CHAPTER 14 - CHAPTER 14 Environmental Problems I. THE...

Info iconThis preview shows pages 1–2. Sign up to view the full content.

View Full Document Right Arrow Icon
CHAPTER 14 Environmental Problems I. THE GLOBAL CONTEXT: GLOBALIZATION AND THE ENVIRONMENT A. Earth Summits 1. In 1992 leaders from across the globe met at the first Earth Summit in Rio de Janeiro to forge agreements to protect the plant’s environment and at the same time alleviate world poverty. 2. When world leaders met in 2002 for the second Earth Summit in Johannesburg, South Africa, the overall state of the environment had deteriorated and poverty had deepened. 3. The reason the combined efforts of leaders who met at the first Earth Summit were so ineffectual lies at least in part to the increasing globalization of the last two decades. 4. Three aspects of globalization that have affected the environment are: (1) the permeability of international borders, (2) cultural and social integration spurred by communication and information technology, and (3) growth of free trade and transnational corporations. B. Permeability of International Borders 1. Environmental problems such as global warming extend far beyond their source to affect the entire planet and its inhabitants. a. A striking example is the spread of toxic chemicals (such as PCBs) from the Southern Hemisphere into the Arctic. b. In as little as five days, chemicals from the tropics can evaporate from the soil, ride the winds thousands of miles north, condense in the cold air, and fall on the Arctic in the form of toxic snow or rain. c. This phenomenon was discovered in the mid 1980s, when scientists found high levels of PCBs in the breast milk of Inuit women in the Canadian Arctic. 2. Bioinvasion: the emergence of organisms into regions where they are not native a. Bioinvasion is largely a product of the growth of global trade and tourism. b. Exotic species travel in the ballast water of ships, packing material, shipments of crops and other goods, etc. c. Invasive species may compete with native species for food, start an epidemic, or prey on natives, threatening the entire ecosystem in which the victims live. (1) Red fire ants are an example of bioinvasion. (2) They traveled from Paraguay and Brazil on shiploads of lumber to Mobile, Alabama in 1957, and have since spread throughout the southern states. (3) Fire ants damage gardens, yards, homes, and electrical equipment and invade the food supplies (seeds, young plants, and insects) of animals. (4) Fire ants also harm humans with their painful sting. C. Cultural and Social Integration 1. As mass media infiltrate the world, people across the globe aspire to consume the products and mimic the materially saturated lifestyles portrayed in movies, television, and advertising. a. Patterns of consumption in developing countries increasingly follow those in wealthier Western nations. b.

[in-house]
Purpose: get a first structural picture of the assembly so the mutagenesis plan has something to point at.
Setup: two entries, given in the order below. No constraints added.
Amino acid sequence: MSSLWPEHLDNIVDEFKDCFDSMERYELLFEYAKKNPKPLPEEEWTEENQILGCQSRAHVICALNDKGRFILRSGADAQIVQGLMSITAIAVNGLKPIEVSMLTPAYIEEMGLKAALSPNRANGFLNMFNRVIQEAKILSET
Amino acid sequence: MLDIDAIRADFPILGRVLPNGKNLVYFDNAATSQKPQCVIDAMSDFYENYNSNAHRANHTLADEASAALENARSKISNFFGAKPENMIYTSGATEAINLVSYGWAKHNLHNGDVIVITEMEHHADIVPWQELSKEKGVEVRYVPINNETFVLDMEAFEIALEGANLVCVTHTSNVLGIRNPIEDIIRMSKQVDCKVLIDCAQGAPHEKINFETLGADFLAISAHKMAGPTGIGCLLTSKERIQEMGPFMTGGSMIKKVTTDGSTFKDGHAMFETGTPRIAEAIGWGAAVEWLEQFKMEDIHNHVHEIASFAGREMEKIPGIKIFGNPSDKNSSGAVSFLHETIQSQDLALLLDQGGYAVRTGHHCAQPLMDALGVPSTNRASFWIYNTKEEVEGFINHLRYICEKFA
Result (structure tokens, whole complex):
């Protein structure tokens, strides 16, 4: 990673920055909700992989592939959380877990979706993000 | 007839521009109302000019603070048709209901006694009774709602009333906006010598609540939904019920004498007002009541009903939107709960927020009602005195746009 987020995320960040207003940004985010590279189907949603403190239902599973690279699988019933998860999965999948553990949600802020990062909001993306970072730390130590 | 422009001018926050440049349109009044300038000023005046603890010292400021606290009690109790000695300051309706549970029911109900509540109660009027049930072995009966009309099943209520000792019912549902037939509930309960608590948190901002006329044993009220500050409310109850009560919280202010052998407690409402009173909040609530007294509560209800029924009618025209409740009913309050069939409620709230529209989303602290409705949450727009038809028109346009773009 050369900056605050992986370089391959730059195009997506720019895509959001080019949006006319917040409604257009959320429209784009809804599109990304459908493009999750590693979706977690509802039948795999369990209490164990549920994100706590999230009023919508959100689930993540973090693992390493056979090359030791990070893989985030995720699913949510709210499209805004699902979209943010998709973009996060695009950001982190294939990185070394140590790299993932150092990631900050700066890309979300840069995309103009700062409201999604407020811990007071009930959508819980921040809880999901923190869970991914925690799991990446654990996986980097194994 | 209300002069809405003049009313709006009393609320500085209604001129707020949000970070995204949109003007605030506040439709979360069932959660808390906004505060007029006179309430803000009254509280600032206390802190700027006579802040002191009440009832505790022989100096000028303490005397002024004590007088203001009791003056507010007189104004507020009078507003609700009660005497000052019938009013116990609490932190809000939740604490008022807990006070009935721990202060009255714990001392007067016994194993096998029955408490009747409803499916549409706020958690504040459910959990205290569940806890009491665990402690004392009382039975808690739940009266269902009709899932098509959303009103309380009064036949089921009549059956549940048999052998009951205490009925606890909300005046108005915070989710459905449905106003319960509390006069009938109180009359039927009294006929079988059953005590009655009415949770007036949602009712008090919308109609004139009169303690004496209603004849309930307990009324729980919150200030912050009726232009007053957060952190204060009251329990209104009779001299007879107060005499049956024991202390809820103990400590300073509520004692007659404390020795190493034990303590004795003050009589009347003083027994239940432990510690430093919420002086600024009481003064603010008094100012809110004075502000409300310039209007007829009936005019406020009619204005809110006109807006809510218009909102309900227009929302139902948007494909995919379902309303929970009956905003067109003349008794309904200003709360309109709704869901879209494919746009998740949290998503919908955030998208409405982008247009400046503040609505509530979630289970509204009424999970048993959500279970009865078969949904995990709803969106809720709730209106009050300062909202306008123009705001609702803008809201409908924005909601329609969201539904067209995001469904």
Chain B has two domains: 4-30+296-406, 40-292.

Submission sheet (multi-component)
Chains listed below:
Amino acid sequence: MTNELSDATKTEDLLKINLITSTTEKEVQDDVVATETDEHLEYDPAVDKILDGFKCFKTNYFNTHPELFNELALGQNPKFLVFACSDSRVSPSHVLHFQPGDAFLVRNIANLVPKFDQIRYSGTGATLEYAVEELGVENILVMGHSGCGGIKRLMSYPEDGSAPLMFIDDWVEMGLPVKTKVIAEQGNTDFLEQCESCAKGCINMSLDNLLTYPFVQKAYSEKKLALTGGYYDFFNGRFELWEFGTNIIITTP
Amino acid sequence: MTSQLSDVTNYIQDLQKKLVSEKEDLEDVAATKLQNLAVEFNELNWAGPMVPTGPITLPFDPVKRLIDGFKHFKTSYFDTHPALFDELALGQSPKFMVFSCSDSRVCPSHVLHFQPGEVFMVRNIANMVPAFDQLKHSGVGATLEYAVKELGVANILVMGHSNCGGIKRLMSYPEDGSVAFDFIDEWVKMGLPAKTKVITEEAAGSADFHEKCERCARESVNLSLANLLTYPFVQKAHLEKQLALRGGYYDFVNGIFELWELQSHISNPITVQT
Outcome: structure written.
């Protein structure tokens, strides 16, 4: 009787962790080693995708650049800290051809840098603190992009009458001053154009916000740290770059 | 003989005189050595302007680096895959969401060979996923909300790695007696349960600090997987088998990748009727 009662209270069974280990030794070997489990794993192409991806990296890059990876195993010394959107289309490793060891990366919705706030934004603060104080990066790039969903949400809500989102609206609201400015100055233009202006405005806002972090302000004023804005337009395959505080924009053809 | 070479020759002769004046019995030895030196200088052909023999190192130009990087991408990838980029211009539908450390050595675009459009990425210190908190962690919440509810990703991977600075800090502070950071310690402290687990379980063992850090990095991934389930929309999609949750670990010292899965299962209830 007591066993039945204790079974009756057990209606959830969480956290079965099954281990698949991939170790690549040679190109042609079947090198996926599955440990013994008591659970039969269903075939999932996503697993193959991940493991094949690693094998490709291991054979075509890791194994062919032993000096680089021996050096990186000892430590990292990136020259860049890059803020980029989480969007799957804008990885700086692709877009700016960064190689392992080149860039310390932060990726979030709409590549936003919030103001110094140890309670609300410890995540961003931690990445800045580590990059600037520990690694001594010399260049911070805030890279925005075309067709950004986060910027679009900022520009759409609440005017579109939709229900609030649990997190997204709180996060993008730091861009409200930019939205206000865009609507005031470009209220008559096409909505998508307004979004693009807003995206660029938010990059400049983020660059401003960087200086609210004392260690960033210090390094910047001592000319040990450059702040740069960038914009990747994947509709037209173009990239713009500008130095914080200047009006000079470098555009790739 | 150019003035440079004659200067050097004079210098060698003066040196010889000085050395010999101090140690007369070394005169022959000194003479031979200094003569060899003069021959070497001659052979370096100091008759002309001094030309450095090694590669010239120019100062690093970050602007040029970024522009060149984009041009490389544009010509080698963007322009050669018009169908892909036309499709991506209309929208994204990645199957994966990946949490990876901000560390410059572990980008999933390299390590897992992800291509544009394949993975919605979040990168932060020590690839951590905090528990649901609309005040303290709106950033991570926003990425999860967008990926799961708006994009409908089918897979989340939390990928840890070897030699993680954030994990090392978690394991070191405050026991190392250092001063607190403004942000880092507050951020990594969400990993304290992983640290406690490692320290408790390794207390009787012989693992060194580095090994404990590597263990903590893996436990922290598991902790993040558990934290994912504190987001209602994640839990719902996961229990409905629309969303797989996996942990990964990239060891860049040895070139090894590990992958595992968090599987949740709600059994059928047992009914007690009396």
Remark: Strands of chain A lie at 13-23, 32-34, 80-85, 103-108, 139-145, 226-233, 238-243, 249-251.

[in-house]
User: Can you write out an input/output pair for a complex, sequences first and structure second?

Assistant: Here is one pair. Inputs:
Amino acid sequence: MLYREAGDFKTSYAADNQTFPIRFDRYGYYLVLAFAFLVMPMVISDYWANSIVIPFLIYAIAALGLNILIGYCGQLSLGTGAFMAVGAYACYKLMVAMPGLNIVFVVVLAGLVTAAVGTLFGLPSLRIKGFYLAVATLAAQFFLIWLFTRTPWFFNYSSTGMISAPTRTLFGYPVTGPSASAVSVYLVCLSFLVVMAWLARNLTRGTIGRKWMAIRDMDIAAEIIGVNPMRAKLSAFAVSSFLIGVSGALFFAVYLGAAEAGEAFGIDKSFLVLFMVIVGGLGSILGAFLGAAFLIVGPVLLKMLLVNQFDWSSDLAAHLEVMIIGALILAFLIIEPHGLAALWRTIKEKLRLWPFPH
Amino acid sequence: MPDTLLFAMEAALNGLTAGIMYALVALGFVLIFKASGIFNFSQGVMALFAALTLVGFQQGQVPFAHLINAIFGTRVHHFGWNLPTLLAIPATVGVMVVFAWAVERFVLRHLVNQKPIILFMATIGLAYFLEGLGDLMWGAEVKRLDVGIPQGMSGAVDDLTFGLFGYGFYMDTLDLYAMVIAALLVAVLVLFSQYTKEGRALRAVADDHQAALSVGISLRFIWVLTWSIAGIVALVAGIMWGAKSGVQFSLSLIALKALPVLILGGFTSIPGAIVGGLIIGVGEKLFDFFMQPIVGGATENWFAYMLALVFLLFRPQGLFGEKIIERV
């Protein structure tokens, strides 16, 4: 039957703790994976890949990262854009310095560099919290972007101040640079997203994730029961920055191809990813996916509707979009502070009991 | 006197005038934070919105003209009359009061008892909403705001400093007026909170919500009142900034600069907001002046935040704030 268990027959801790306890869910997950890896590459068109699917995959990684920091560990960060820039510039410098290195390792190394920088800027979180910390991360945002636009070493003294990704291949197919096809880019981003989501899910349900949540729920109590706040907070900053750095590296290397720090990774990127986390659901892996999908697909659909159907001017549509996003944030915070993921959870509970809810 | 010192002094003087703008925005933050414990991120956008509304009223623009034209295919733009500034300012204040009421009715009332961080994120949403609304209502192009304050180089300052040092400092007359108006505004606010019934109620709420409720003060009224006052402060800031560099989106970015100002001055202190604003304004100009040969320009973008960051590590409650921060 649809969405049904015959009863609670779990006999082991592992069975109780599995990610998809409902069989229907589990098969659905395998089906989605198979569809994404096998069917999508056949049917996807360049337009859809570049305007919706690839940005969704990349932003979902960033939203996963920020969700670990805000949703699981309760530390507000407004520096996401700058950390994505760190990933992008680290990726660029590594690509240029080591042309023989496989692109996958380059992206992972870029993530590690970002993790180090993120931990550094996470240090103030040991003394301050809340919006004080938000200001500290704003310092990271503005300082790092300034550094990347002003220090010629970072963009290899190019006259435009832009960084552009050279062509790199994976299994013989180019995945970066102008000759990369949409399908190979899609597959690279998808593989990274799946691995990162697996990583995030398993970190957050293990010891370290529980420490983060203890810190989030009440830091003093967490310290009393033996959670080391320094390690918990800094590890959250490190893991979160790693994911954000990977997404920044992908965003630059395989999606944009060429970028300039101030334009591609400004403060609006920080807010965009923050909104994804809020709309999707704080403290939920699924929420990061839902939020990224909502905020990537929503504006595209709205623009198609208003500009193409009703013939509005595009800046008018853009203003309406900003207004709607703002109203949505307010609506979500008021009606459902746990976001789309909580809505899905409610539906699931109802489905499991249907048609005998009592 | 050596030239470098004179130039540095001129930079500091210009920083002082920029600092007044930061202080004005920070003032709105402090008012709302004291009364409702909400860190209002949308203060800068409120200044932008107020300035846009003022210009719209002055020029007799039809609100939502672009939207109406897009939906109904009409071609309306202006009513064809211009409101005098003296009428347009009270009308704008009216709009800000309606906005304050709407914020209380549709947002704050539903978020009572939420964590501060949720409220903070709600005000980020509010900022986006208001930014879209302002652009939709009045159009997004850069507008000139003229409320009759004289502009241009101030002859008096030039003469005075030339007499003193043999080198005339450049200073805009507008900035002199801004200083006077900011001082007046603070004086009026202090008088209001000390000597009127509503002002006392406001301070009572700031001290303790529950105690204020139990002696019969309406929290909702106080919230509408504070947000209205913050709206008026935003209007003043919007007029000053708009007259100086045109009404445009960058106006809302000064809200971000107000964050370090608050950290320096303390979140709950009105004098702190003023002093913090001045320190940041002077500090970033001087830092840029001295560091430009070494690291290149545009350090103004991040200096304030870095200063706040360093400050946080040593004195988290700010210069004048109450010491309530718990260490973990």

Background image of page 1

Info iconThis preview has intentionally blurred sections. Sign up to view the full version.

View Full DocumentRight Arrow Icon
Image of page 2
This is the end of the preview. Sign up to access the rest of the document.

This note was uploaded on 01/31/2010 for the course SO 254 taught by Professor Simmon during the Fall '09 term at Grand Rapids Community College.

Page1 / 13

CHAPTER 14 - CHAPTER 14 Environmental Problems I. THE...

This preview shows document pages 1 - 2. Sign up to view the full document.

View Full Document Right Arrow Icon
Ask a homework question - tutors are online